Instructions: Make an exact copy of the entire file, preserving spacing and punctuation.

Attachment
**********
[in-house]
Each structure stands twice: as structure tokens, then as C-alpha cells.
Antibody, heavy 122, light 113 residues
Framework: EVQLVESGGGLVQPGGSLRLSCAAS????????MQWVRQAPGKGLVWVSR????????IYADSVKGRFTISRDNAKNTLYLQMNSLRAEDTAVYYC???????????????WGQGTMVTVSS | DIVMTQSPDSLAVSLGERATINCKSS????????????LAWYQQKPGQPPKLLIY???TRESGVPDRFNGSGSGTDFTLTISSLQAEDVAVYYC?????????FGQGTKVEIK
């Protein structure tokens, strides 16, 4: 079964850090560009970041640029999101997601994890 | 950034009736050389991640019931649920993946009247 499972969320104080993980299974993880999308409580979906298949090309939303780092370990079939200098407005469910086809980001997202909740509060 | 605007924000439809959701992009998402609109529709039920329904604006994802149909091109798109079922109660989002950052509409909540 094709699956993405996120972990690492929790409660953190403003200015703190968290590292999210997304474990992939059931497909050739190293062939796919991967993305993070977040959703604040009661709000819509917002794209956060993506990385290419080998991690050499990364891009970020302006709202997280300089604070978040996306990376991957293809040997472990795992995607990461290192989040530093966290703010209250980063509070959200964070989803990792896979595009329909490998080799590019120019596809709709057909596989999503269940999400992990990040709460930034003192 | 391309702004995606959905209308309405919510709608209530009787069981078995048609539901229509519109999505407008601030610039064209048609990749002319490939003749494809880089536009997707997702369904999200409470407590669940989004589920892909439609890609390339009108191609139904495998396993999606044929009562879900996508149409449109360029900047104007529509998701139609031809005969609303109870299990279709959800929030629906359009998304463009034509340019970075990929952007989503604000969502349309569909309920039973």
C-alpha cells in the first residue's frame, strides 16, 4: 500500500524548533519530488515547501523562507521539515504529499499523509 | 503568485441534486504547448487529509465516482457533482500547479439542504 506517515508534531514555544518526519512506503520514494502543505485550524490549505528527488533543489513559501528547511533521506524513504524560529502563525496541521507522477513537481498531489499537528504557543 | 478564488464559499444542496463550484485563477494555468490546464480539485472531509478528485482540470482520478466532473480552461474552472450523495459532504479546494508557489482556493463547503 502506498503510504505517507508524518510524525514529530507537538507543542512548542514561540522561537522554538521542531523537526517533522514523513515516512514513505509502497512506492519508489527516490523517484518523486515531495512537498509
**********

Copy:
[in-house]
Each structure stands twice: as structure tokens, then as C-alpha cells.
Antibody, heavy 122, light 113 residues
Framework: EVQLVESGGGLVQPGGSLRLSCAAS????????MQWVRQAPGKGLVWVSR????????IYADSVKGRFTISRDNAKNTLYLQMNSLRAEDTAVYYC???????????????WGQGTMVTVSS | DIVMTQSPDSLAVSLGERATINCKSS????????????LAWYQQKPGQPPKLLIY???TRESGVPDRFNGSGSGTDFTLTISSLQAEDVAVYYC?????????FGQGTKVEIK
């Protein structure tokens, strides 16, 4: 079964850090560009970041640029999101997601994890 | 950034009736050389991640019931649920993946009247 499972969320104080993980299974993880999308409580979906298949090309939303780092370990079939200098407005469910086809980001997202909740509060 | 605007924000439809959701992009998402609109529709039920329904604006994802149909091109798109079922109660989002950052509409909540 094709699956993405996120972990690492929790409660953190403003200015703190968290590292999210997304474990992939059931497909050739190293062939796919991967993305993070977040959703604040009661709000819509917002794209956060993506990385290419080998991690050499990364891009970020302006709202997280300089604070978040996306990376991957293809040997472990795992995607990461290192989040530093966290703010209250980063509070959200964070989803990792896979595009329909490998080799590019120019596809709709057909596989999503269940999400992990990040709460930034003192 | 391309702004995606959905209308309405919510709608209530009787069981078995048609539901229509519109999505407008601030610039064209048609990749002319490939003749494809880089536009997707997702369904999200409470407590669940989004589920892909439609890609390339009108191609139904495998396993999606044929009562879900996508149409449109360029900047104007529509998701139609031809005969609303109870299990279709959800929030629906359009998304463009034509340019970075990929952007989503604000969502349309569909309920039973």
C-alpha cells in the first residue's frame, strides 16, 4: 500500500524548533519530488515547501523562507521539515504529499499523509 | 503568485441534486504547448487529509465516482457533482500547479439542504 506517515508534531514555544518526519512506503520514494502543505485550524490549505528527488533543489513559501528547511533521506524513504524560529502563525496541521507522477513537481498531489499537528504557543 | 478564488464559499444542496463550484485563477494555468490546464480539485472531509478528485482540470482520478466532473480552461474552472450523495459532504479546494508557489482556493463547503 502506498503510504505517507508524518510524525514529530507537538507543542512548542514561540522561537522554538521542531523537526517533522514523513515516512514513505509502497512506492519508489527516490523517484518523486515531495512537498509